Though Huddersfield had much of the ball there was an early chance for each team. First Lynch (remember him?) had a header cleared off the line for Town. Then Murphy skipped free down the left and cut inside, but with three waiting in the middle he instead chose to shoot for the far post, the ball rolling inches wide. Hemed, once again in need of a goal looked particularly annoyed. Still, on thirty minutes it was all forgotten as we scored from our opponent’s corner with a lightning fast break. Now WHO has that happened to all season? Huddersfield’s corner was headed out of danger by Zamora and controlled neatly around the midfield by Kayal who found Knockaert who had sprinted into yards of space. He legged it off down the right. Meanwhile the veteran Zamora had hauled his legs the length of the pitch on the blind side. Knockaert’s superbly chipped ball found him and he cushioned a volley home, first time, in to the far corner. A cracker.
Inevitably Huddersfield came back in to it (which is just what a Poyet / Oscar / Hughton hybrid would have) and after a spot of head tennis on the edge of our area Wells blasted a glorious chance over from about eight yards. Still, though, our defence can’t keep clean sheets at home. With less than a minute to go till half time a cross was threaded round the jockeying Ridgewell and Harry Bunn (and why isn’t a player named that playing Rugby Union?) rose to nod in. Good work all undone.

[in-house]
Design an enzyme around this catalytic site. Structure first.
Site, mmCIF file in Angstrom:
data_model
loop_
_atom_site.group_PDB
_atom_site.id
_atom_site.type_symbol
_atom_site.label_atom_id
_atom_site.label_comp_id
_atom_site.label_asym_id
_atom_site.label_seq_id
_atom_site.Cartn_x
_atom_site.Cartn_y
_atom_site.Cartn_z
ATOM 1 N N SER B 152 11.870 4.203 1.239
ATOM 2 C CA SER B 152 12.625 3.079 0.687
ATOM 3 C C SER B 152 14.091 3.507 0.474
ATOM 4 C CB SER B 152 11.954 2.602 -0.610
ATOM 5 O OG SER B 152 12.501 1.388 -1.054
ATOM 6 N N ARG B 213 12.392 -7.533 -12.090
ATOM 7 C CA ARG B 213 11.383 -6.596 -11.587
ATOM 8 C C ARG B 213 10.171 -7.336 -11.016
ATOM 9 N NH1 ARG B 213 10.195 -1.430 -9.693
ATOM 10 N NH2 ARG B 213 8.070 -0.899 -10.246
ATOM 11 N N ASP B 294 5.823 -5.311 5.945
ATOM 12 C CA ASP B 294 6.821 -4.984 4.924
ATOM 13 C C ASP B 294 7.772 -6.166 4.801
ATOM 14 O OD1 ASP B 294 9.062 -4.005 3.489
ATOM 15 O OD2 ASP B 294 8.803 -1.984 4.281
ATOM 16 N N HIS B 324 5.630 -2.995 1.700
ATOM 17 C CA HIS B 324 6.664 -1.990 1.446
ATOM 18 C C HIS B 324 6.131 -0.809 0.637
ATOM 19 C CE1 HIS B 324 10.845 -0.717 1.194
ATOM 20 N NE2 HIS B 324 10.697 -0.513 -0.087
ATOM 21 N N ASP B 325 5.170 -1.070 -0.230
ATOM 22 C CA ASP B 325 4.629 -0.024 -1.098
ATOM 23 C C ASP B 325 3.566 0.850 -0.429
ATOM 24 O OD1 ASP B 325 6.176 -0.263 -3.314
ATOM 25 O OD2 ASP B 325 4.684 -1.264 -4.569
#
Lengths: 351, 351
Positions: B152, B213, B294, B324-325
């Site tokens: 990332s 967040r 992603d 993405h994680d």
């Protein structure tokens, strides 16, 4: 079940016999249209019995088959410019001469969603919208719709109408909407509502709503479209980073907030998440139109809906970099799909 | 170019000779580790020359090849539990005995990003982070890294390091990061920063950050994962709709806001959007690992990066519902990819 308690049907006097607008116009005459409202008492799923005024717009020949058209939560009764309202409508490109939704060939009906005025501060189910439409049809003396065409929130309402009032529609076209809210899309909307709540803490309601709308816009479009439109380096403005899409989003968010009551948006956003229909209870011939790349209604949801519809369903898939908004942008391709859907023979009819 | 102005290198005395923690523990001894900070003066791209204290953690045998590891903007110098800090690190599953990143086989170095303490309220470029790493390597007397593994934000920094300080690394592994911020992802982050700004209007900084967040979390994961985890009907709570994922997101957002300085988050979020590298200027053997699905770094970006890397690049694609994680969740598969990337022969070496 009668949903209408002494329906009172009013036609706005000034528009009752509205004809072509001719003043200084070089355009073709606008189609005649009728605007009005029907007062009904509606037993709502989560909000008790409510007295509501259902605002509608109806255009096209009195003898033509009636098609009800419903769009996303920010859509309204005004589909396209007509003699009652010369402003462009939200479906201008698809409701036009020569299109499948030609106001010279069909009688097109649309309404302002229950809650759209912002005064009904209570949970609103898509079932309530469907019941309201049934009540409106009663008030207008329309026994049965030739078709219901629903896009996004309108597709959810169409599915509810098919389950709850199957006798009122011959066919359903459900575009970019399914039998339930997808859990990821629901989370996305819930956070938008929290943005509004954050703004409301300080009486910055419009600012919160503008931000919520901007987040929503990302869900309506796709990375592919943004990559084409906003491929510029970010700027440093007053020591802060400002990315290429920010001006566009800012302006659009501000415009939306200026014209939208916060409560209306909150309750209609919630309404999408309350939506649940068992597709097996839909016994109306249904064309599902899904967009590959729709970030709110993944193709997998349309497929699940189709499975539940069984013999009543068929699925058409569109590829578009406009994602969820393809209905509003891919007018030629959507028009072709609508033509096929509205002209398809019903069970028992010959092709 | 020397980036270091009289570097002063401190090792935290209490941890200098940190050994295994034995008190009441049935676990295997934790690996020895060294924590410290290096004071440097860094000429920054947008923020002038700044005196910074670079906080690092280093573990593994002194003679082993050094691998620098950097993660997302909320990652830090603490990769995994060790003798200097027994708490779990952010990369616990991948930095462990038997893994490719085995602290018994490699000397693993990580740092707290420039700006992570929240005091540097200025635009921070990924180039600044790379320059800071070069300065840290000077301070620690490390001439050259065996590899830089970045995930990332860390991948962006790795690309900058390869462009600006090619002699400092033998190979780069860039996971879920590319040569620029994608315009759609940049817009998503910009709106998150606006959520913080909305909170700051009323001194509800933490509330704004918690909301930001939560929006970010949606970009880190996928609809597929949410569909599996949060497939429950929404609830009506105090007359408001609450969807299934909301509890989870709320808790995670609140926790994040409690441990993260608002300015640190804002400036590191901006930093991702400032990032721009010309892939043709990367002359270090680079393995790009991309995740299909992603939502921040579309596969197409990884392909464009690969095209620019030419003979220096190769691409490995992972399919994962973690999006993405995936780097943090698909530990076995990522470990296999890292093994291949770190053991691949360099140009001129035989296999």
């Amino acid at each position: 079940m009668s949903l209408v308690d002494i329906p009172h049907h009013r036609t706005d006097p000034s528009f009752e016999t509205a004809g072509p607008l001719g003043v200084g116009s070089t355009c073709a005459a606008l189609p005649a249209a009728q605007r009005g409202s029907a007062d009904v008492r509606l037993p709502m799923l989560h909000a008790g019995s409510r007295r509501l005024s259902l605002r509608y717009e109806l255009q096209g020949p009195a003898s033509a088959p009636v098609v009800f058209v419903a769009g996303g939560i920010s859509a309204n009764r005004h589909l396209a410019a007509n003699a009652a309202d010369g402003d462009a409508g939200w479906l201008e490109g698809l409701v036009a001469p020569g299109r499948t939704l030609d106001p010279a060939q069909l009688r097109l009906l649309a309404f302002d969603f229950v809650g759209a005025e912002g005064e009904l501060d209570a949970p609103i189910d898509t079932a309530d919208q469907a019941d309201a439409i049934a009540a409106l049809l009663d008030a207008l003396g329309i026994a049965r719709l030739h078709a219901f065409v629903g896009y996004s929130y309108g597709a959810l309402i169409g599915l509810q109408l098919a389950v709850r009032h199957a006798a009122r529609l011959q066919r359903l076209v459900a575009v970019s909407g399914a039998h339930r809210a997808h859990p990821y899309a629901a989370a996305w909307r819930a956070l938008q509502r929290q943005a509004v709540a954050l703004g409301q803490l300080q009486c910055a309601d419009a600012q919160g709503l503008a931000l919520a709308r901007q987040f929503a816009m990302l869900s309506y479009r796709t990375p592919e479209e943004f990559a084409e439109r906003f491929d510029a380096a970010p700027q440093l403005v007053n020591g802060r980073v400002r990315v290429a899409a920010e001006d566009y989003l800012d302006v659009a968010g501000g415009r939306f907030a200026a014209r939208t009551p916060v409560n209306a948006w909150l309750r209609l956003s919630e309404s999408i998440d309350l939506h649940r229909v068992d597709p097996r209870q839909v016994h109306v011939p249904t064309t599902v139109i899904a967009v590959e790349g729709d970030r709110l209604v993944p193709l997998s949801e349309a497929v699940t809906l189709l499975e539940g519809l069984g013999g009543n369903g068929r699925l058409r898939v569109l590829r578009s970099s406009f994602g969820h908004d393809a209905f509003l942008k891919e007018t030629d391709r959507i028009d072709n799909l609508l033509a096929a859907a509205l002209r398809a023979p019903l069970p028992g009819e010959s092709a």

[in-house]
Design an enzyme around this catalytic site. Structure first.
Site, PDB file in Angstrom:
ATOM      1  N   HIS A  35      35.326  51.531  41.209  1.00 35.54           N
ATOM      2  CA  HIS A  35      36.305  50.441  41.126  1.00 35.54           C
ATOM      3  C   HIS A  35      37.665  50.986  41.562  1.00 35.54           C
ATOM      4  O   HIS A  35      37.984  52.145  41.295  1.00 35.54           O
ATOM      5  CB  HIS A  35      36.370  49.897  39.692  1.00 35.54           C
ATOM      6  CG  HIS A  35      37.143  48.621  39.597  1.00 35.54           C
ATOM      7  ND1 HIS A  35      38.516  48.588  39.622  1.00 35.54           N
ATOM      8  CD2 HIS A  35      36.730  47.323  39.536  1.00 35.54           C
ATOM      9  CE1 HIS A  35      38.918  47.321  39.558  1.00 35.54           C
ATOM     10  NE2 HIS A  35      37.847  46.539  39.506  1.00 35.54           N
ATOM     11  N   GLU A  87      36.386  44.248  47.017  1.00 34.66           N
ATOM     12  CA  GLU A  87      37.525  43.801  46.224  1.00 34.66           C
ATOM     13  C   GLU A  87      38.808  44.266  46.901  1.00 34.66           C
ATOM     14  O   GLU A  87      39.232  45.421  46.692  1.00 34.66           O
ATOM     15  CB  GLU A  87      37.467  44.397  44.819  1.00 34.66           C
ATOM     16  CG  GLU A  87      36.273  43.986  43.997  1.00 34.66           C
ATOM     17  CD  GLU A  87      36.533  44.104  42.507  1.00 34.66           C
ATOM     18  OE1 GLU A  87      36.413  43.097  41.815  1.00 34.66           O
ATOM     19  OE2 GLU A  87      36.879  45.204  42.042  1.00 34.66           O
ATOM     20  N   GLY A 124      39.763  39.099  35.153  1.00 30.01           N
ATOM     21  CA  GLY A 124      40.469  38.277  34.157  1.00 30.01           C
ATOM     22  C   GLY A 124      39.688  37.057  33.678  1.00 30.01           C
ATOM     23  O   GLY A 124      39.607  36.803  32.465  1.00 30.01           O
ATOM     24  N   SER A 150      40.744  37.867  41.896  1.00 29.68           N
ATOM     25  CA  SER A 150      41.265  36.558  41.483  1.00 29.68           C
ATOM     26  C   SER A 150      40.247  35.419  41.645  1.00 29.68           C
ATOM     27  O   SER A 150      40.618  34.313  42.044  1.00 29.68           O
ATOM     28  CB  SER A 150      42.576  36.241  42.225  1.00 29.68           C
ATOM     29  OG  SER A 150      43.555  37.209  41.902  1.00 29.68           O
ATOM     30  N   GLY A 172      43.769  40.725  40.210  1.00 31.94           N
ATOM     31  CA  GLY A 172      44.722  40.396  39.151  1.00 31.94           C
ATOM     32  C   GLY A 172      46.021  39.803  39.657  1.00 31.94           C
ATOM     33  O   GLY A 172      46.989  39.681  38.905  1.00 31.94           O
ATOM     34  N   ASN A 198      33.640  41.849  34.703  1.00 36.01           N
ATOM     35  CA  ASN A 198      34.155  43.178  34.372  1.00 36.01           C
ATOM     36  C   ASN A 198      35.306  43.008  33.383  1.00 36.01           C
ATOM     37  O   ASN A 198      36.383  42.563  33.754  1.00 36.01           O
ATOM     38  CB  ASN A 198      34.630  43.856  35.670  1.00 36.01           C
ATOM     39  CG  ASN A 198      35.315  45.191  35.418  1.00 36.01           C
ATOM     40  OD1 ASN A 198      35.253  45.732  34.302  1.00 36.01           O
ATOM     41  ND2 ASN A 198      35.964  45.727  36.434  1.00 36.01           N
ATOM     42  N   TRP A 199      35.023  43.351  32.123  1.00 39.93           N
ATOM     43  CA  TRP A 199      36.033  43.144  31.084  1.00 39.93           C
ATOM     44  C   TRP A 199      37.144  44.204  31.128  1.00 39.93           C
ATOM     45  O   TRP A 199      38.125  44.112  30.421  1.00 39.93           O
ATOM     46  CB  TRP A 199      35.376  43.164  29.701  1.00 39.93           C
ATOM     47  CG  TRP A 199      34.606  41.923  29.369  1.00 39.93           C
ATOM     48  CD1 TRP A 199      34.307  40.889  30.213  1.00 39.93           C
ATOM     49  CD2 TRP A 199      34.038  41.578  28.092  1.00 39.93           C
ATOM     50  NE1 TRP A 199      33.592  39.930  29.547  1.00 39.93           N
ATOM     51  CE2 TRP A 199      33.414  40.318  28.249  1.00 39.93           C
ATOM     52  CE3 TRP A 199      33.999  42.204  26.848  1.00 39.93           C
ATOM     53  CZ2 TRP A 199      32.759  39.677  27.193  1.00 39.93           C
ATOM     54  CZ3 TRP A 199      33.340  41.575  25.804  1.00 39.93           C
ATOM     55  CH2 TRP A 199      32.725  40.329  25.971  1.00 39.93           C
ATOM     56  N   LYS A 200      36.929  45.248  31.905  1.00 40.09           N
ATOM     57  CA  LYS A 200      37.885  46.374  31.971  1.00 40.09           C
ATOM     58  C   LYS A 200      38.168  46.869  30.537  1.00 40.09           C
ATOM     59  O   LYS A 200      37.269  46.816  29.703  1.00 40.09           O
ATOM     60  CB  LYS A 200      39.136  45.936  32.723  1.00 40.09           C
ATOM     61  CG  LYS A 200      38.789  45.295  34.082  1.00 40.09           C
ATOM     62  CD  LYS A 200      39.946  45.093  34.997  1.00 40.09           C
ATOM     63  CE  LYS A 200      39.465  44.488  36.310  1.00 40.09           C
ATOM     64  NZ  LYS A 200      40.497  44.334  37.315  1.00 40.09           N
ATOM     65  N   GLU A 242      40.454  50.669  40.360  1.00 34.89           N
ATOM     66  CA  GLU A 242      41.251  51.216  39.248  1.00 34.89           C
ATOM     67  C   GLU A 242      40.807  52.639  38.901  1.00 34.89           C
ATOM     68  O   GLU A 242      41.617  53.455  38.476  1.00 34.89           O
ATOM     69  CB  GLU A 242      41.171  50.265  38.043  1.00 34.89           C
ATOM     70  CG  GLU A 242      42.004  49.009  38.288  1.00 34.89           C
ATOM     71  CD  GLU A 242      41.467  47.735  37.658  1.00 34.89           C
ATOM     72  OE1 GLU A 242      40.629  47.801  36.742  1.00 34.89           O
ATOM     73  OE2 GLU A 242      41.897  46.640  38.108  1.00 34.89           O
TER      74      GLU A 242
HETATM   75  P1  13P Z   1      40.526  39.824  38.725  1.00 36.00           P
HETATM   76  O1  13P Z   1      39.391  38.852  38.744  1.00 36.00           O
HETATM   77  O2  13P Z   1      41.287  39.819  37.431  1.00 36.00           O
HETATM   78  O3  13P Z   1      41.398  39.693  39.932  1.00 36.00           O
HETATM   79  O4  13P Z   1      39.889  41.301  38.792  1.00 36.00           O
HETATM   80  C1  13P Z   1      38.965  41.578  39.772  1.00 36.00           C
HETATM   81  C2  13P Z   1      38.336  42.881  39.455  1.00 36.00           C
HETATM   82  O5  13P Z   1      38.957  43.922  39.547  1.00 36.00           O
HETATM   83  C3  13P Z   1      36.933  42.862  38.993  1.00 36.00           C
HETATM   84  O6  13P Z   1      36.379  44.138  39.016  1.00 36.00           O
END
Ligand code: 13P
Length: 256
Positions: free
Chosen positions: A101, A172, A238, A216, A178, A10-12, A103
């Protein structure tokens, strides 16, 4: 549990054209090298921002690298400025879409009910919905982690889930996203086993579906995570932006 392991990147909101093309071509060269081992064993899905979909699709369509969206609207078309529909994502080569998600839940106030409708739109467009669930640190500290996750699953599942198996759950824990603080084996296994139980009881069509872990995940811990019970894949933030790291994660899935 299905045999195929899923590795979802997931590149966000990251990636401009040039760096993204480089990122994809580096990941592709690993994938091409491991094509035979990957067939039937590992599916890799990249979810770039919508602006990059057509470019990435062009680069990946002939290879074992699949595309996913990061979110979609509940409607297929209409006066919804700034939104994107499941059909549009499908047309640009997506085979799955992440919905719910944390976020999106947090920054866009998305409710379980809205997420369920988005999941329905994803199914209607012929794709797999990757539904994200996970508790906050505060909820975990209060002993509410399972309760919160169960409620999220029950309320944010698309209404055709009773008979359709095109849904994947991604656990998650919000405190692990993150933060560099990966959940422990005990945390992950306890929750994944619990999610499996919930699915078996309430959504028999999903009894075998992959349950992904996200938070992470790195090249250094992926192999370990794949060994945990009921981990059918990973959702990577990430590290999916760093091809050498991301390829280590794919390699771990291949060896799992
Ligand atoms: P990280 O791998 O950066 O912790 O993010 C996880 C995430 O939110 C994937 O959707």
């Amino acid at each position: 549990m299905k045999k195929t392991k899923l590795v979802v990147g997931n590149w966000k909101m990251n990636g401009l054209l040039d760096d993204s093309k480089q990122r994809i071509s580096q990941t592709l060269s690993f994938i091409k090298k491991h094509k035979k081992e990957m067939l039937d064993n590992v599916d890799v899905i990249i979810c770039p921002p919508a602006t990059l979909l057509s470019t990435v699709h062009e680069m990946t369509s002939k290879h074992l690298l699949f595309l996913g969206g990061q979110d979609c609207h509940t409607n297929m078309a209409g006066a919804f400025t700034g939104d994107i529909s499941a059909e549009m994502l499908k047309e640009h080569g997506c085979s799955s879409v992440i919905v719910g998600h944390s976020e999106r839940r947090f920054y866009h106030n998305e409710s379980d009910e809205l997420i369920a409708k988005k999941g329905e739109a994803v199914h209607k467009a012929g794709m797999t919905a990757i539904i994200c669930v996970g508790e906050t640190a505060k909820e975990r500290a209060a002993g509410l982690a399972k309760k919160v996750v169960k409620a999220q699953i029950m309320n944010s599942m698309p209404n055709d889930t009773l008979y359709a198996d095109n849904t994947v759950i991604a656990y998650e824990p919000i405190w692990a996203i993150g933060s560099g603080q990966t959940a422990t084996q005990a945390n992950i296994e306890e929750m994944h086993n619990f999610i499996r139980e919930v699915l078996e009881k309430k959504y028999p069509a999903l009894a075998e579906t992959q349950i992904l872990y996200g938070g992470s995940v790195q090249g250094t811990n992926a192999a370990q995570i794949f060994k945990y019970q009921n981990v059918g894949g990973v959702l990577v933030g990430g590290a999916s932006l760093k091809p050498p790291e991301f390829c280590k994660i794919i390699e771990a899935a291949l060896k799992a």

The second half was the Knockaert show. Firstly he hit a free kick on to the outside of the post. As we ran at their defence they took turns in fouling us. A look at the card count shows almost all of the cards to them, yet the ref got so many 50-50s wrong in their favour that The Boy had him marked at minus five hundred by the hour mark. They were as niggly as us under Poyet in other words.
And then, just when you could ignore their blue and white home kit, Vault away kit and distinct lack of striking options no longer they went the Full Brighton and gave away a defensive howler. A harmless ball was somehow cleared at snail’s pace out to our right. Knockaert spotted he could keep it in and did so, beating their defence and teeing up Wilson for a wonderful header that he had to twist his whole body to reach. 2-1. Much dancing, air punching, jumping and high fives.
Having had to take the injured Stephens (dead leg, shouldn’t be dramatic) off at half time, Hughton had recognised they could not cope with pace. Wilson had come on for Zamora before scoring and now Lua Lua arrived to torture a tired defence. Inevitably they fouled and, inevitably, Smith lost count of his total and hauled Lua Lua down for a second yellow. Reduced to ten men Huddersfield were more or less finished, a single free kick from twenty five yards aside, which they wasted, Brighton like.
So all hail the new hero Knockaert (can we call him Knockers? We’ll see). All hail Zamora the Scorer. All hail pace and endeavour. All hail teams with great technique but not much finishing. All hail beer.